"First of all, let's stop listening to the goddamn economists," he said. "Twenty per cent of the economy will disappear. It will cost more than World War I and World War II put together. We'll go into a kind of depression we've never, ever had in all of history." The CBC story containing that little ditty leads off:
Canadians are ready to pay a little extra to help deal with climate change, David Suzuki said Friday before a meeting with the federal environment minister. "I think they're willing to suck it in and accept that they're going to have to pay more but they want it to be fair," Suzuki said during a news conference in Ottawa.
Interesting idea, but he's not correct. Check out the poll over at CTV's website and recall this little ditty that I had up a month ago:
I don't know what is going on with these once-respected public figures, but the hysteria is getting louder by the day and ever-harder to digest rationally. General Canadian interest in "the environment" as an issue is superficial at least and passing at most. They see it on the news all the time, hear the message repeated that it's a pressing concern, and thus respond that it is an issue. It's little different from the turn of the century when "health care" was the dominant issue in multiple elections. Canadians love health care, they list it as a "Canadian value," yet in recent years there has been far less political emphasis on the system despite its continuing shortcomings.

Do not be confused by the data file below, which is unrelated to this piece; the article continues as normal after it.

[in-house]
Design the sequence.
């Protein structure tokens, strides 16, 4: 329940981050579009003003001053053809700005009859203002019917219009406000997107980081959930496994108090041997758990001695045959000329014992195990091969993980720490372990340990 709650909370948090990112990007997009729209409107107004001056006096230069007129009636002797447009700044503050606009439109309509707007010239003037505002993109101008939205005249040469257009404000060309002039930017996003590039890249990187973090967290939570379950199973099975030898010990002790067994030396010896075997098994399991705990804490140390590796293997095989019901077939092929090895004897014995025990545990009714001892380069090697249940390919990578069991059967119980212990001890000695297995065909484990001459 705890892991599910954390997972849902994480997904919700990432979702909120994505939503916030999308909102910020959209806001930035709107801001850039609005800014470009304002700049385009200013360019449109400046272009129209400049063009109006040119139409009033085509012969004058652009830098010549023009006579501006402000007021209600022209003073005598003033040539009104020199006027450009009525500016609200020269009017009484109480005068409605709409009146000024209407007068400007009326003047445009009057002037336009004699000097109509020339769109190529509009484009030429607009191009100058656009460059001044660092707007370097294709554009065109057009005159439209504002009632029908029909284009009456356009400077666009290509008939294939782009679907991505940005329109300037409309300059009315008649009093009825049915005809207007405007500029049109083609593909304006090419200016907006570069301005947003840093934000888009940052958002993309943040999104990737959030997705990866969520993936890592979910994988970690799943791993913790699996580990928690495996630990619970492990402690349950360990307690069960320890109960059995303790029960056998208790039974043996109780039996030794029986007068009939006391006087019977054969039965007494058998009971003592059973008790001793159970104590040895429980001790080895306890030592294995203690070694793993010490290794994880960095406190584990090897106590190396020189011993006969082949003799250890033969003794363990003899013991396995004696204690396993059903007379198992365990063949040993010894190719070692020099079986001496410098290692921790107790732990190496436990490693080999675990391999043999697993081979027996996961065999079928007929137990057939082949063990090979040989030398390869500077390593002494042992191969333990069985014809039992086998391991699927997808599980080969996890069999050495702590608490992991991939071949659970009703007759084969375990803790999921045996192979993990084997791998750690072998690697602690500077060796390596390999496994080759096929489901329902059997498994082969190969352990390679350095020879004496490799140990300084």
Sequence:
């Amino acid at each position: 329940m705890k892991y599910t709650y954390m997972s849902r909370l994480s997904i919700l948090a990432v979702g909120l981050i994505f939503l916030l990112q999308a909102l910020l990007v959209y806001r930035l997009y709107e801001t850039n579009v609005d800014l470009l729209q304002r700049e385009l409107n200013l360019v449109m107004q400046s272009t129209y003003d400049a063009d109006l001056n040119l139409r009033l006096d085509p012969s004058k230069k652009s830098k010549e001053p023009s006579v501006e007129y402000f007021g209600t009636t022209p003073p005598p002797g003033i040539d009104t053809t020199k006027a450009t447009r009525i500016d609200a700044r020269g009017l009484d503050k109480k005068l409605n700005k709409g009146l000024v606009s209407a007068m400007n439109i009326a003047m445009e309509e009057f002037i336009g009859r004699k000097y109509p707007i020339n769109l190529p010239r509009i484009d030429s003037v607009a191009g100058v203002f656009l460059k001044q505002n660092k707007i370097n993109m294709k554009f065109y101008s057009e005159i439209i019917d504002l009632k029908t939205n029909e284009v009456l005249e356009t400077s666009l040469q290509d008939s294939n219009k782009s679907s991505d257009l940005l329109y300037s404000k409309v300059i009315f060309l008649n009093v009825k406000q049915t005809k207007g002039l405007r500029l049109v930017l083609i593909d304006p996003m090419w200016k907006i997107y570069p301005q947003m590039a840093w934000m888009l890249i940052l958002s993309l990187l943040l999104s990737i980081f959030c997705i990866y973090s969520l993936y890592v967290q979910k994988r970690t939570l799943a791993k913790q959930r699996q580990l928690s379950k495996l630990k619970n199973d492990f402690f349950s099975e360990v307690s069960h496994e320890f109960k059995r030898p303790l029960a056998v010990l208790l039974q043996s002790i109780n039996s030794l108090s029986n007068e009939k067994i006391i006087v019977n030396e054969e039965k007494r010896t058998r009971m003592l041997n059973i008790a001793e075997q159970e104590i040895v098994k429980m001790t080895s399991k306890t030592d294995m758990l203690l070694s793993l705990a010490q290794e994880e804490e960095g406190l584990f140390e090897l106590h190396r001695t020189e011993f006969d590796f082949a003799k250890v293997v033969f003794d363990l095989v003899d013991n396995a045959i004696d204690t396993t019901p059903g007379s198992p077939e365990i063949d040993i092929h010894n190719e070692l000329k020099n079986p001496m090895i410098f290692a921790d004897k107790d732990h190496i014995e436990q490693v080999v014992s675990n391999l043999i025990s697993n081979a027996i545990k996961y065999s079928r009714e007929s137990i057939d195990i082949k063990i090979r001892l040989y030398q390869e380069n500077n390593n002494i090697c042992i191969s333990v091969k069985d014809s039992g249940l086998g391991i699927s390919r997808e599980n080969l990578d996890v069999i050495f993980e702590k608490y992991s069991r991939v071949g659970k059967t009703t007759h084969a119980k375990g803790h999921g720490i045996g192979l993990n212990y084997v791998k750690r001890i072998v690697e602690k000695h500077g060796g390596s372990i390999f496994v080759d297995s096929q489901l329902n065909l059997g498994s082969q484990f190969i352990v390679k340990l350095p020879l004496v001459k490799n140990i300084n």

Stephane Dion has referred to the environment issue as one of great urgency and said that every day that Stephen Harper is in office the situation will continue to worsen. You'd think that this would provide him an impetus to make a grab for power and force an election. Yet he and his party faithful are insistent that it is Harper and only Harper that wants an election. Contradictory message to say in the least.
I care about the environment and am regularly disgusted by the volume of litter that clutters the streets and sidewalks of Halifax. I try do my part: I recycle, I use public transit and my own two feet to get around, and I try to use as little electricity as possible (most electricity here in Nova Scotia is coal-generated). My "carbon footprint" (whatever that is) is a fraction of David Suzuki's or Al Gore's. I have political interests that I believe are a higher priority than "the environment," but that doesn't mean I go around tossing garbage in the streets or contributing to the problem. The people who are--self-appointedly--in charge of the environment movement are doing more to alienate regular people than to bring them in the fold with their hystrionics and bad advice.